And here, my Dear Friend, permit me to ask, on what other consideration could a Christian man become responsible for the Christian education of his charge ? He is too well acquainted with his own infirmity, and that of the Child committed to his care, to advance one step in this spiritual work without the encouragement of the promise, and the aid of the Holy Spirit. Unless in a judgment of faith and charity this Child is a member of Christ, the child of God, and an inheritor of the kingdom of heaven,' unless he is " a lively member” of the Church, unless he is really regenerated by the Holy Spirit, received “ as God's ” own child by adoption, and incorporated into the holy Church ; unless in answer to the faithful prayers of himself, the Parents, and the Church, “the Holy Ghost” is “ sanctifying ” him as one of “the

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elect people of God,” and being one so truly blessed, he shall “ever remain in the number of” his “ faithful and elect children,”—with what hope of success could a Christian man accept the office of a Sponsor ? For a man who sees nothing more in Baptism than the mere ceremony, it is consistent enough to undertake the promise without any subsequent endeavour to execute it; as he never understood the vows, so neither had he any intention to discharge the obligations of them ; but for a Christian man to engage in this office knowingly and intelligently, for such an one to undertake to train up a soul for glory, to endue it with spiritual qualities, and to make it “ conformable to the image of the Son of God,” without believing that it was the good pleasure of God to fulfil his promise in sanctifying that soul as one of his own electwould surely be the height of rashness and presumption.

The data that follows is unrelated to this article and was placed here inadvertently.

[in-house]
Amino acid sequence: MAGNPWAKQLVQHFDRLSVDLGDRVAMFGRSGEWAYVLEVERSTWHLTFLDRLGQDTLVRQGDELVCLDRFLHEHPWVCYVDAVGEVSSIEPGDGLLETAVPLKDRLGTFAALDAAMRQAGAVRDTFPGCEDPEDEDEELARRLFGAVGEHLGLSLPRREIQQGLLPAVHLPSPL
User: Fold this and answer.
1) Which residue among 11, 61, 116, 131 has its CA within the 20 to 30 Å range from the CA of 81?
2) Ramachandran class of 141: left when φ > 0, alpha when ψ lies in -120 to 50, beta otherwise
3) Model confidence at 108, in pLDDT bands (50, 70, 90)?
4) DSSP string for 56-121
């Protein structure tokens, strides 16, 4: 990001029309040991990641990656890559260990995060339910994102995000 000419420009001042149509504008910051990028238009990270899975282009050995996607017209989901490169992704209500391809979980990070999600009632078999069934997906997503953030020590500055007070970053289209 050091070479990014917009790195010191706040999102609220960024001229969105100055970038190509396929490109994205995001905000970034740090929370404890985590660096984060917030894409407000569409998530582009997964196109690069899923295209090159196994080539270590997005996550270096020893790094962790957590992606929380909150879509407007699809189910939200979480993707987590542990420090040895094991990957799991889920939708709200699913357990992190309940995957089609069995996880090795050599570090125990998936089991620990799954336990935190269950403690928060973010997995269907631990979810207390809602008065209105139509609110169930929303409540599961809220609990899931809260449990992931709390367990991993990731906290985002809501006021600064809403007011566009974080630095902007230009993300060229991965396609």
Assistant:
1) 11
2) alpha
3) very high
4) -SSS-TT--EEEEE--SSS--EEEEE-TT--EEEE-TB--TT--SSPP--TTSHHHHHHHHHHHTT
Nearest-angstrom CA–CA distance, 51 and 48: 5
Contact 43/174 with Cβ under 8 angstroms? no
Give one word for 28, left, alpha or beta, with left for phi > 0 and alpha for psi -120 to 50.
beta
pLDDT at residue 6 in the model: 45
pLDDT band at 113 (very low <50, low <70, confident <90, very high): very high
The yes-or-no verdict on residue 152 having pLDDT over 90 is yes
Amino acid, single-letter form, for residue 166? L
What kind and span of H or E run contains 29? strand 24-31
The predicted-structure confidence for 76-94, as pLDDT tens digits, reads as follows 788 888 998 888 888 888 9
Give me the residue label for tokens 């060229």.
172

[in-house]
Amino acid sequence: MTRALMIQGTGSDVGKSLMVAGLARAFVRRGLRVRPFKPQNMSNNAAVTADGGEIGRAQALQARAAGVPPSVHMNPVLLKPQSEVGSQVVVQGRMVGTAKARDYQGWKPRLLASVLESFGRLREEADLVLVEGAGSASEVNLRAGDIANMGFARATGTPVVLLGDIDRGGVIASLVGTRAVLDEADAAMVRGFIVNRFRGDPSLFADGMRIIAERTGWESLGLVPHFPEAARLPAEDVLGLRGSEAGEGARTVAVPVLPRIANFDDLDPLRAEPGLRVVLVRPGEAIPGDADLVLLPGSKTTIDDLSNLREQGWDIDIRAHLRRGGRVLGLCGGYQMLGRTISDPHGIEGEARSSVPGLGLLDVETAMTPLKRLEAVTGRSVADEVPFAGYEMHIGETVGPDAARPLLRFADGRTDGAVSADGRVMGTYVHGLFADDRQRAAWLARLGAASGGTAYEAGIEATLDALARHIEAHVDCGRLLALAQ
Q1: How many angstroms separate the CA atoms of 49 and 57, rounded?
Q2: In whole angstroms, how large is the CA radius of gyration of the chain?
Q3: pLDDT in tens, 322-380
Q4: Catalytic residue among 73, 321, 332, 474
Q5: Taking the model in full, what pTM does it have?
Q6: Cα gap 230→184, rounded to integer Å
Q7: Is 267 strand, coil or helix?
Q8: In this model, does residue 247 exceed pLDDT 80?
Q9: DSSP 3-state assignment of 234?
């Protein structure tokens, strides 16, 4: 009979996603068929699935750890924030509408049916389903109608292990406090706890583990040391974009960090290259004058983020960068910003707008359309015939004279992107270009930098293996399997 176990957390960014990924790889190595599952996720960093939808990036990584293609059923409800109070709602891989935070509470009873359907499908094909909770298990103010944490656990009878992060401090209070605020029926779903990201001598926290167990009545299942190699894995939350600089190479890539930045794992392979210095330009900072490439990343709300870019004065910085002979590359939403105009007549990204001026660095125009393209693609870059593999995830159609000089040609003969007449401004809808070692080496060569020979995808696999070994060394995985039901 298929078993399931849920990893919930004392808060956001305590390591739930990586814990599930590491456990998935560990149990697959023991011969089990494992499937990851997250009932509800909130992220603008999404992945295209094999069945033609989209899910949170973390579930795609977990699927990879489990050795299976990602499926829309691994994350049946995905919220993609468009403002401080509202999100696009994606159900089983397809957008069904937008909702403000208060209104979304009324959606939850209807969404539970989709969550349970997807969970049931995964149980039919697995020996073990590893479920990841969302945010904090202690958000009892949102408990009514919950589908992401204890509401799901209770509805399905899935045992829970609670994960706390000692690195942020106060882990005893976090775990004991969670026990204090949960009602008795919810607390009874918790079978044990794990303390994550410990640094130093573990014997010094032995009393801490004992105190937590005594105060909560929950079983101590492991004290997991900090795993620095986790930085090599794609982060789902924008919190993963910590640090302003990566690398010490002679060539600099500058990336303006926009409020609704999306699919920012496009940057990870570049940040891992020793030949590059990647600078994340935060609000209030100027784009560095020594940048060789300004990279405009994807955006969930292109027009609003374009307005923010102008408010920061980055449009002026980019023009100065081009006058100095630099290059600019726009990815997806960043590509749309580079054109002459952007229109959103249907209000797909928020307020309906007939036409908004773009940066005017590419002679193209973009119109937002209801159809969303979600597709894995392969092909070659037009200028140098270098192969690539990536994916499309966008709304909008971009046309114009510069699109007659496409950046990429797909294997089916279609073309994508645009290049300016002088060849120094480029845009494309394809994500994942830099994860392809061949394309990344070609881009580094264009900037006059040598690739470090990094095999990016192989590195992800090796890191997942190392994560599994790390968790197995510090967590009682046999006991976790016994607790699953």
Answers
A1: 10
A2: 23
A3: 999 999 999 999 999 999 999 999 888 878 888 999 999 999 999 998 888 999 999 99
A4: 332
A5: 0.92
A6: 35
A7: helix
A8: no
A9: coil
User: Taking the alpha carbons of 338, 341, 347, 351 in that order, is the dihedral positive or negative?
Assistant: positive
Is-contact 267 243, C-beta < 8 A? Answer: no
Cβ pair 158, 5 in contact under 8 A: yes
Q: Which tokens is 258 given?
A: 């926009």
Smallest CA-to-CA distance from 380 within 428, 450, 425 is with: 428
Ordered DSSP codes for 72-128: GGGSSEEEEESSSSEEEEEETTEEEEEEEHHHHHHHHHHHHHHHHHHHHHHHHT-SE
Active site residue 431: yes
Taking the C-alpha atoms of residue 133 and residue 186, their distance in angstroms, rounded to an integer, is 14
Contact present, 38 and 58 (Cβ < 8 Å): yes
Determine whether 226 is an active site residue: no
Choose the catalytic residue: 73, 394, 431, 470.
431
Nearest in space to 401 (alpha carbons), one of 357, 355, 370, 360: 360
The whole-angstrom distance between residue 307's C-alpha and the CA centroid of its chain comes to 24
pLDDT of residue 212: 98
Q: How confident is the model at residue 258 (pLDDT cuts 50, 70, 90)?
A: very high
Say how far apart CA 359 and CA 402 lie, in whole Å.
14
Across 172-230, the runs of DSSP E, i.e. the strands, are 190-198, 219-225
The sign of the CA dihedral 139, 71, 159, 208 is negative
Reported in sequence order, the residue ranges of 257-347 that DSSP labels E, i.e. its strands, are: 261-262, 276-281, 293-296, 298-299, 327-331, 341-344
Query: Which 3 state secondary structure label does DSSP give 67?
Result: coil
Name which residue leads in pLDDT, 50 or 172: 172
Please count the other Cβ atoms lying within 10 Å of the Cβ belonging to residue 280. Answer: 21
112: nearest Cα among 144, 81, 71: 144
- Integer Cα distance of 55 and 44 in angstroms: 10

How different the process of the Sponsor's engagements when faith in the promise is ever animating him to discharge them ? Grounded on faith, he proceeds in hope. “Our Lord Jesus Christ has promised in his Gospel, to grant all those things that ” he has“ prayed for ; which promise," the Church assures him, “he for his part will most surely keep and perform.” “Wherefore,” he is “ persuaded of the goodwill of” his “Heavenly Father towards” the Infant of his care, “ declared by his Son Jesus